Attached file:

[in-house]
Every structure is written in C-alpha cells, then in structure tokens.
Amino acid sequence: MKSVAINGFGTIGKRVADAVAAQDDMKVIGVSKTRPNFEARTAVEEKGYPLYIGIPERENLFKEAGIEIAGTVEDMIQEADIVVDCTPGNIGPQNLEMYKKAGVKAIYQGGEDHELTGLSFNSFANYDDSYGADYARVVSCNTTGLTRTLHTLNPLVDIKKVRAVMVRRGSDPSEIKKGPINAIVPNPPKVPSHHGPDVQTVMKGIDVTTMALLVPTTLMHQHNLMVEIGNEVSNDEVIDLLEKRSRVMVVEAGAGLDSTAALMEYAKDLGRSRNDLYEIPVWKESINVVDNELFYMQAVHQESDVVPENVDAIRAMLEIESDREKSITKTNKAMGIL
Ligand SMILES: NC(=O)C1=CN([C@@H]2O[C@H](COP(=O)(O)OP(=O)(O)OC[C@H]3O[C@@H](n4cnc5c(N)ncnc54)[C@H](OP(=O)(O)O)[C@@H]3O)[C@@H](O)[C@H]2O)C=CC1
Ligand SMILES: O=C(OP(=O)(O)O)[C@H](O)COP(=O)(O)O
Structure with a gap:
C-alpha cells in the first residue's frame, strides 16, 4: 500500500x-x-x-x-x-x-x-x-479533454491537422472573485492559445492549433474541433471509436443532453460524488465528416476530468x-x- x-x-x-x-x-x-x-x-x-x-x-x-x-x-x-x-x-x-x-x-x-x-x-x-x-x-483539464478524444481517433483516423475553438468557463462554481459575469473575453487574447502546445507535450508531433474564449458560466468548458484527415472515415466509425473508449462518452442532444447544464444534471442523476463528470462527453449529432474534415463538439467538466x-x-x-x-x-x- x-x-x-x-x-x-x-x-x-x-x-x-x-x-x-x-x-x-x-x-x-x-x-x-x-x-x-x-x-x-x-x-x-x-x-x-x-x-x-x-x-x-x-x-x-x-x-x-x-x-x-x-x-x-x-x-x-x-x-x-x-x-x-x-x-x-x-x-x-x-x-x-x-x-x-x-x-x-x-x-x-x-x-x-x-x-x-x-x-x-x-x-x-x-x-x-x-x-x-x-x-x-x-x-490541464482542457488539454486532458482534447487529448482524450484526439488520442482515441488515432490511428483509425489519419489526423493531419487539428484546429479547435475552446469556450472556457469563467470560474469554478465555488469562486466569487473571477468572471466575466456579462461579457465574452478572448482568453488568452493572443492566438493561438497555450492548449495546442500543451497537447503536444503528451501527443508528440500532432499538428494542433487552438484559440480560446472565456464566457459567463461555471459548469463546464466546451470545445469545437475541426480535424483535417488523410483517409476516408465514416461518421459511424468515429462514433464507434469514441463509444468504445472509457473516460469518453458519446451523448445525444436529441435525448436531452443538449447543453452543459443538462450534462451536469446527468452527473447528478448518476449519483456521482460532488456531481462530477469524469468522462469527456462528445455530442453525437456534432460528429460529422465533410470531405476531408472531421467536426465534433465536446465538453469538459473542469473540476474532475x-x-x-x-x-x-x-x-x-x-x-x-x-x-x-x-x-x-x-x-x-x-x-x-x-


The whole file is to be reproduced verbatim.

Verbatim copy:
[in-house]
Every structure is written in C-alpha cells, then in structure tokens.
Amino acid sequence: MKSVAINGFGTIGKRVADAVAAQDDMKVIGVSKTRPNFEARTAVEEKGYPLYIGIPERENLFKEAGIEIAGTVEDMIQEADIVVDCTPGNIGPQNLEMYKKAGVKAIYQGGEDHELTGLSFNSFANYDDSYGADYARVVSCNTTGLTRTLHTLNPLVDIKKVRAVMVRRGSDPSEIKKGPINAIVPNPPKVPSHHGPDVQTVMKGIDVTTMALLVPTTLMHQHNLMVEIGNEVSNDEVIDLLEKRSRVMVVEAGAGLDSTAALMEYAKDLGRSRNDLYEIPVWKESINVVDNELFYMQAVHQESDVVPENVDAIRAMLEIESDREKSITKTNKAMGIL
Ligand SMILES: NC(=O)C1=CN([C@@H]2O[C@H](COP(=O)(O)OP(=O)(O)OC[C@H]3O[C@@H](n4cnc5c(N)ncnc54)[C@H](OP(=O)(O)O)[C@@H]3O)[C@@H](O)[C@H]2O)C=CC1
Ligand SMILES: O=C(OP(=O)(O)O)[C@H](O)COP(=O)(O)O
Structure with a gap:
C-alpha cells in the first residue's frame, strides 16, 4: 500500500x-x-x-x-x-x-x-x-479533454491537422472573485492559445492549433474541433471509436443532453460524488465528416476530468x-x- x-x-x-x-x-x-x-x-x-x-x-x-x-x-x-x-x-x-x-x-x-x-x-x-x-x-483539464478524444481517433483516423475553438468557463462554481459575469473575453487574447502546445507535450508531433474564449458560466468548458484527415472515415466509425473508449462518452442532444447544464444534471442523476463528470462527453449529432474534415463538439467538466x-x-x-x-x-x- x-x-x-x-x-x-x-x-x-x-x-x-x-x-x-x-x-x-x-x-x-x-x-x-x-x-x-x-x-x-x-x-x-x-x-x-x-x-x-x-x-x-x-x-x-x-x-x-x-x-x-x-x-x-x-x-x-x-x-x-x-x-x-x-x-x-x-x-x-x-x-x-x-x-x-x-x-x-x-x-x-x-x-x-x-x-x-x-x-x-x-x-x-x-x-x-x-x-x-x-x-x-x-x-490541464482542457488539454486532458482534447487529448482524450484526439488520442482515441488515432490511428483509425489519419489526423493531419487539428484546429479547435475552446469556450472556457469563467470560474469554478465555488469562486466569487473571477468572471466575466456579462461579457465574452478572448482568453488568452493572443492566438493561438497555450492548449495546442500543451497537447503536444503528451501527443508528440500532432499538428494542433487552438484559440480560446472565456464566457459567463461555471459548469463546464466546451470545445469545437475541426480535424483535417488523410483517409476516408465514416461518421459511424468515429462514433464507434469514441463509444468504445472509457473516460469518453458519446451523448445525444436529441435525448436531452443538449447543453452543459443538462450534462451536469446527468452527473447528478448518476449519483456521482460532488456531481462530477469524469468522462469527456462528445455530442453525437456534432460528429460529422465533410470531405476531408472531421467536426465534433465536446465538453469538459473542469473540476474532475x-x-x-x-x-x-x-x-x-x-x-x-x-x-x-x-x-x-x-x-x-x-x-x-x-